- Safe Excavation Essentials
- Why Can't They Stand the Heat?
- Fall Protection: Know Your Netting
- A Guide to LOTO's 8 Critical Elements
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CONSTRUCTION workers make up only 6 percent of the total workforce, but they are involved in more than 20 percent of all work-related fatalities. Trenching accidents that are directly related to excavation work account for almost 200 deaths annually.
IN the construction industry, workers are consistently operating in environments where hazards abound. Employers and employees alike rely on state-of-the-art fall protection equipment as they work on various types of structures.
WE know the DuPonts and Fords can afford to maintain effective hearing conservation programs. But more than 99 percent of U.S. companies are defined as small businesses. They employ more than half of the U.S. workforce and are the dominant power in driving the economy. Small-business employers of noise-exposed workers can feel a real pinch in meeting OSHA's requirements for effective hearing conservation programs.
OSHA's PPE standards and its handy eTool are the first stops to make when the question concerns eye and face protection. 29 CFR 1910.132 (general requirements), 1910.133 (general industry), 1915.153 (maritime), and 1926.102 (construction) say employers must ensure each affected employee uses appropriate eye or face protection when exposed to eye or face hazards from flying particles, molten metal, liquid chemicals, acids, caustic liquids, chemical gases or vapors, and potentially injurious light radiation.
SAFETY is a concern to all welding and cutting operations. Yet, for small to medium-sized welding facilities, managing the safety and health of workers can be a particular challenge. Unhealthy work environments can be costly to a welding shop.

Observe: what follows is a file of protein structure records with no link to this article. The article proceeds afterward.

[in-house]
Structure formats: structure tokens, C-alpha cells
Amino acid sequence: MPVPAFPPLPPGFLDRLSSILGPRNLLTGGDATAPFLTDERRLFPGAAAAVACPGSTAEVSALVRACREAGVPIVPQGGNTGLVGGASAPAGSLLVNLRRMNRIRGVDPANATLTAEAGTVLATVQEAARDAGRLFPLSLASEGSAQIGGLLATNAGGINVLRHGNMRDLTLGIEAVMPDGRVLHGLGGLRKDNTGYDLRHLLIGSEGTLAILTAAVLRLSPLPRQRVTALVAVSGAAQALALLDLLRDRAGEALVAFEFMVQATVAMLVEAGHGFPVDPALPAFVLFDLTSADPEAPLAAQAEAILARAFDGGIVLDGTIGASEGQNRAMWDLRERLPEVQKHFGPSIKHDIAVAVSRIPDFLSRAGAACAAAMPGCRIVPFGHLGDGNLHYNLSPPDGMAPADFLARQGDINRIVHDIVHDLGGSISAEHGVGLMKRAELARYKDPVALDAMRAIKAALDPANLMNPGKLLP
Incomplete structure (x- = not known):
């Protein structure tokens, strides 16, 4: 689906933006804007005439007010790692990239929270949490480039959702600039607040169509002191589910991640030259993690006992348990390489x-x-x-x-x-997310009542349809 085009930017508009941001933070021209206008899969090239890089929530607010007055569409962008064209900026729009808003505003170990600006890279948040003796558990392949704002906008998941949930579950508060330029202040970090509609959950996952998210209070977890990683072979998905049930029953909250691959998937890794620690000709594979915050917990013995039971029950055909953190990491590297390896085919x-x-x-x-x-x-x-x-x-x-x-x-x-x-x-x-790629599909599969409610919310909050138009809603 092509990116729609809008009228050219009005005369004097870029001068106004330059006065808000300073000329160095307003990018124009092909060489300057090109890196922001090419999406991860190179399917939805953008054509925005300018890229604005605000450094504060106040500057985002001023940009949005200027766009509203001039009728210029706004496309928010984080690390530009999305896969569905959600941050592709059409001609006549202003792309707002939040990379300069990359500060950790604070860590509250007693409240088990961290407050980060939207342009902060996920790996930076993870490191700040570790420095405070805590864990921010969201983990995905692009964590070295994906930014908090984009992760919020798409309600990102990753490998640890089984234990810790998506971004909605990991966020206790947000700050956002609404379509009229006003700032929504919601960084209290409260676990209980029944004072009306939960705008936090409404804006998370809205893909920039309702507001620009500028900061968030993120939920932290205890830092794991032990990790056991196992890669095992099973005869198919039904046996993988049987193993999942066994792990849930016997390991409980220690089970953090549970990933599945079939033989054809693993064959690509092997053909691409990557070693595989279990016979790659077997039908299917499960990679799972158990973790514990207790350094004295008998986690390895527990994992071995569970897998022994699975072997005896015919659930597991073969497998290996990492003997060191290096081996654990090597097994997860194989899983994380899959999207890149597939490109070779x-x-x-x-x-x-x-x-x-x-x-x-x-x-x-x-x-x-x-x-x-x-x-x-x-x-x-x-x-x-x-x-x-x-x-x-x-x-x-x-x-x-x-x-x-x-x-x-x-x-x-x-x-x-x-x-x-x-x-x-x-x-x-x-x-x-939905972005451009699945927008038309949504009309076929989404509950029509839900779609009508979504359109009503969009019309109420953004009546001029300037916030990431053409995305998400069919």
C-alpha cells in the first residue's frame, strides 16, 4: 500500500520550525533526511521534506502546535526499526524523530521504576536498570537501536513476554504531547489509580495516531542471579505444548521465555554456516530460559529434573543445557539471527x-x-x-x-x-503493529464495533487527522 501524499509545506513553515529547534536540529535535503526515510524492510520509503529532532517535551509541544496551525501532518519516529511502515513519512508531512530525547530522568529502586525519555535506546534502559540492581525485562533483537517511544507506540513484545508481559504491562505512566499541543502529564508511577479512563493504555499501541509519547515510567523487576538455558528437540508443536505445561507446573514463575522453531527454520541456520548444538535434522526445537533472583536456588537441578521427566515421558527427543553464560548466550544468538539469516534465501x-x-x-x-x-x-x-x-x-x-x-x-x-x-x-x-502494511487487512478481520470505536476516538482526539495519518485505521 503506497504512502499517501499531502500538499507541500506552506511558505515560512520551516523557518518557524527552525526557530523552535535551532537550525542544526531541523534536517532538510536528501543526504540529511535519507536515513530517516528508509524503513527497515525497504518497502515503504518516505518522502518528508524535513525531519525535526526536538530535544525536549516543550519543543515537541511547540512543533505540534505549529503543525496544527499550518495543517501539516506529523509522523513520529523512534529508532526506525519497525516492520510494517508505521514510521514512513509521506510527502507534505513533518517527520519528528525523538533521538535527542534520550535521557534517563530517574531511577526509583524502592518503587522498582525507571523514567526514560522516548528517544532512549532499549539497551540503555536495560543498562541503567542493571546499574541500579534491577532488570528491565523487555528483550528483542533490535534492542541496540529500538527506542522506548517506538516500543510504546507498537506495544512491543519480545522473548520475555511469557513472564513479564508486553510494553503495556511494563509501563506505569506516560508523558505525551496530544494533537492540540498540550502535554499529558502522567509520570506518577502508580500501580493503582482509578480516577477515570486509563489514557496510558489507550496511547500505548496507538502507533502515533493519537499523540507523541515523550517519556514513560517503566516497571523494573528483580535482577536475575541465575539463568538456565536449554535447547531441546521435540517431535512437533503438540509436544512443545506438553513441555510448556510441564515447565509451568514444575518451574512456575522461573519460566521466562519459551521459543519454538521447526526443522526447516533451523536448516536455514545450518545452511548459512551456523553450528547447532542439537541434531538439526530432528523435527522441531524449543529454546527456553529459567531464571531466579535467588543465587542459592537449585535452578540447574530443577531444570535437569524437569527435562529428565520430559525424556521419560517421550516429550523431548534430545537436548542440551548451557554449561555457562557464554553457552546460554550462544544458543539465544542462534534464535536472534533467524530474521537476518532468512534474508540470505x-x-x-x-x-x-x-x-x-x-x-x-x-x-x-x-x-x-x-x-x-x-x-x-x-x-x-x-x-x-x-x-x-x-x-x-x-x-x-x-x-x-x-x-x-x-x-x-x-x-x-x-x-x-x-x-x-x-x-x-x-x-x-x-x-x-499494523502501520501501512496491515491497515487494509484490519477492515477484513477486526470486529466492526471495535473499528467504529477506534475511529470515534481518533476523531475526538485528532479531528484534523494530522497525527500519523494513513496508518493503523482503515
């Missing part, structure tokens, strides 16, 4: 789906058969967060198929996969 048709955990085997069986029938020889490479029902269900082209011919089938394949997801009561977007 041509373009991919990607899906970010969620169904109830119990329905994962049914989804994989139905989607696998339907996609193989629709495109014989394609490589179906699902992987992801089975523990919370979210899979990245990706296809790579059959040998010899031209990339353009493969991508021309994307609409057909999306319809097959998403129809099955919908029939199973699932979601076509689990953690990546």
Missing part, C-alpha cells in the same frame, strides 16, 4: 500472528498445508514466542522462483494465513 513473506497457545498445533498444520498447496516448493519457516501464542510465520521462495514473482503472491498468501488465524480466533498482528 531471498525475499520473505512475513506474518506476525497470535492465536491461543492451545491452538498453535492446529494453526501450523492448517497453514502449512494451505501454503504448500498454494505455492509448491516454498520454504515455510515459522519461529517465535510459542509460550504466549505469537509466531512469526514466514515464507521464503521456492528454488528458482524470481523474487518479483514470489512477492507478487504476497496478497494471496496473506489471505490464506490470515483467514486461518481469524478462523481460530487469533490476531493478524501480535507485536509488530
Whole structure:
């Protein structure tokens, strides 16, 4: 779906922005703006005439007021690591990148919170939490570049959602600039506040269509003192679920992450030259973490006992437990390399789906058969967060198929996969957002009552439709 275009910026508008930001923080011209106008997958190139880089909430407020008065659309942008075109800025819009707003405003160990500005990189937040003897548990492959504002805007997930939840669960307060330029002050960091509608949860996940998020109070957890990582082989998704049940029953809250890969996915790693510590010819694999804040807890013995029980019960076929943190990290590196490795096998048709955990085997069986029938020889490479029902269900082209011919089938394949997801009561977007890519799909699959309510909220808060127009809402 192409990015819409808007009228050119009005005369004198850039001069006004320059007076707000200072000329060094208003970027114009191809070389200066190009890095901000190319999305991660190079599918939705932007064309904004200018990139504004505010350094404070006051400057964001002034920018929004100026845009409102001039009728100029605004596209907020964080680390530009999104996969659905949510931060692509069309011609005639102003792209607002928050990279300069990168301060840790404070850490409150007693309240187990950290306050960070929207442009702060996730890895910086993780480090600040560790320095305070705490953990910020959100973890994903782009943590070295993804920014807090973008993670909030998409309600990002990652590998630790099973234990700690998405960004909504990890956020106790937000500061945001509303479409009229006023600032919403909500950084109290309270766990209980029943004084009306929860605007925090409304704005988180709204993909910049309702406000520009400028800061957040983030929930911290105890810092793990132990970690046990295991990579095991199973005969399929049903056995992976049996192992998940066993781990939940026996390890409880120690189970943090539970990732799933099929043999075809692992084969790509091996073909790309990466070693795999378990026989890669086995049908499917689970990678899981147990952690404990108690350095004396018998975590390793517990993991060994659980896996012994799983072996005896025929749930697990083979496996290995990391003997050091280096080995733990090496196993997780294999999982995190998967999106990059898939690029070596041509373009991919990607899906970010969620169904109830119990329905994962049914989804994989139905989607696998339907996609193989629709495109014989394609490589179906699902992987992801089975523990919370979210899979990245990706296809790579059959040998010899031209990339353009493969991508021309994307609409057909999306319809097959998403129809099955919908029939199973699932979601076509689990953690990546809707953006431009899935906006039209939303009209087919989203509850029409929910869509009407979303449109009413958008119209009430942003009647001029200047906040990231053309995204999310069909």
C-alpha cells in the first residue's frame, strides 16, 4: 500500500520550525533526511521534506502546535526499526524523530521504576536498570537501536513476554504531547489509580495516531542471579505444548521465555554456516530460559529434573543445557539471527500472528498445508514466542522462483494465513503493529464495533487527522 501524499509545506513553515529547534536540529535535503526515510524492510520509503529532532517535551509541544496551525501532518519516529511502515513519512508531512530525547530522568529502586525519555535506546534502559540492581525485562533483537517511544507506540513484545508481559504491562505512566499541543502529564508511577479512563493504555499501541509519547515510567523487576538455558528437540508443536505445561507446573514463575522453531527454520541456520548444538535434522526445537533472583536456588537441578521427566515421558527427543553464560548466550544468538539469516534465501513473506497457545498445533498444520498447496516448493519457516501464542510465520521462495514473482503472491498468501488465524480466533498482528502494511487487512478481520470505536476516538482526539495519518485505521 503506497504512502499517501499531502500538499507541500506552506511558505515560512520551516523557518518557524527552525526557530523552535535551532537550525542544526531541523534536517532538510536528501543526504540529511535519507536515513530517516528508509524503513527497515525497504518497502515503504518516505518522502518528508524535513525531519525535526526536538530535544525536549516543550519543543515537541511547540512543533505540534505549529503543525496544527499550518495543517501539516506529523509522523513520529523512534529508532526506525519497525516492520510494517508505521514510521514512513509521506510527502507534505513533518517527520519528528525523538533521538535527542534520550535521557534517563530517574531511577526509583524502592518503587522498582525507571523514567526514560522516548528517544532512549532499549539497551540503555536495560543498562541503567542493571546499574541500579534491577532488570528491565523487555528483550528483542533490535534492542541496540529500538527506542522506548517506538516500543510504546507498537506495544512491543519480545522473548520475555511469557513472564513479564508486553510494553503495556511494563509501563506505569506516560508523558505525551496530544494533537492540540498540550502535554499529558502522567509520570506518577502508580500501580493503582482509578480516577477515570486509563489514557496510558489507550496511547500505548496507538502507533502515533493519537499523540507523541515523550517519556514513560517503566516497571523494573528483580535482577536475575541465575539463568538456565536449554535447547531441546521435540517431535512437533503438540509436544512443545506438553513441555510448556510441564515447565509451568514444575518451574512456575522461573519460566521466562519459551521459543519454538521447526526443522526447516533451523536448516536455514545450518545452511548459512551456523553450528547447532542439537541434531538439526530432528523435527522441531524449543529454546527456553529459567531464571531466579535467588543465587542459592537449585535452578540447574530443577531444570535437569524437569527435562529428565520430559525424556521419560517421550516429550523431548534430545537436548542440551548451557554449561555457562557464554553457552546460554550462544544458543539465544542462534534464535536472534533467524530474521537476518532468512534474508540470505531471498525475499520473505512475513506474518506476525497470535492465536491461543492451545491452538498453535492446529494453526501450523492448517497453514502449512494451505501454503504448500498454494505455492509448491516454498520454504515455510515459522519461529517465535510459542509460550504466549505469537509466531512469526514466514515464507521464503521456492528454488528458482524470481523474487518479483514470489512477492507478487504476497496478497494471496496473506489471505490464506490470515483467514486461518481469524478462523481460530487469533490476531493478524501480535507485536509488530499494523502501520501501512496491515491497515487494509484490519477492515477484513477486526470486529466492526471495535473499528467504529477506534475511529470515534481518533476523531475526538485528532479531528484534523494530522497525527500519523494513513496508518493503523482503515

THE attendant is the last individual external to the confined space who can monitor working conditions that will ensure the safety of the workers inside the work space. Attention to specific details outlined on the work permit, the ability to adequately oversee "permitted operations," and the authority to "stop work" when rules are violated are the critical elements of the responsibility.
FALL protection equipment and training in the construction industry have come a long way in the past 50 years. Today, by law, any worker exposed to an unprotected fall of 6 feet or more must wear--and companies must provide--appropriate fall protection equipment.
THE lockout/tagout standard--29 CFR 1910.147--is arguably the best OSHA standard ever written. For the price of a lock and tag, employees can be confident they are protected from the sudden release of hazardous energy while performing maintenance, cleaning, or servicing activities on equipment.
THERE are a ton of resources available from OSHA, NIOSH, medical associations, and the like explaining all of the signs of heat stress and what to do about them. You can easily get those online or with a simple phone call. Rather than rehashing those things here, I'm going to spend a couple of minutes talking to you about a few things you may not have considered regarding your employees.
IN the wake of a most devastating 2005 hurricane season with deadly storms named Katrina, Rita, and Wilma, many safety managers will undoubtedly find top management asking tough questions: "What are our risks and threats to customers, employees, operations and property? What type of enhancements to plant safety and emergency planning and response are justified?"
THIS column provides information about the use of outdoor air dampers in hot and humid climates and during hot and humid seasons in temperate climates in commercial buildings.
IS H5N1 avian flu the real deal? Surprisingly, many Americans don't fear it. They may have taken comfort from Turkey's outbreaks early this year; the disease was fairly widespread there but, as of this writing, still could not be passed easily from person to person. Health care professionals are very worried, however.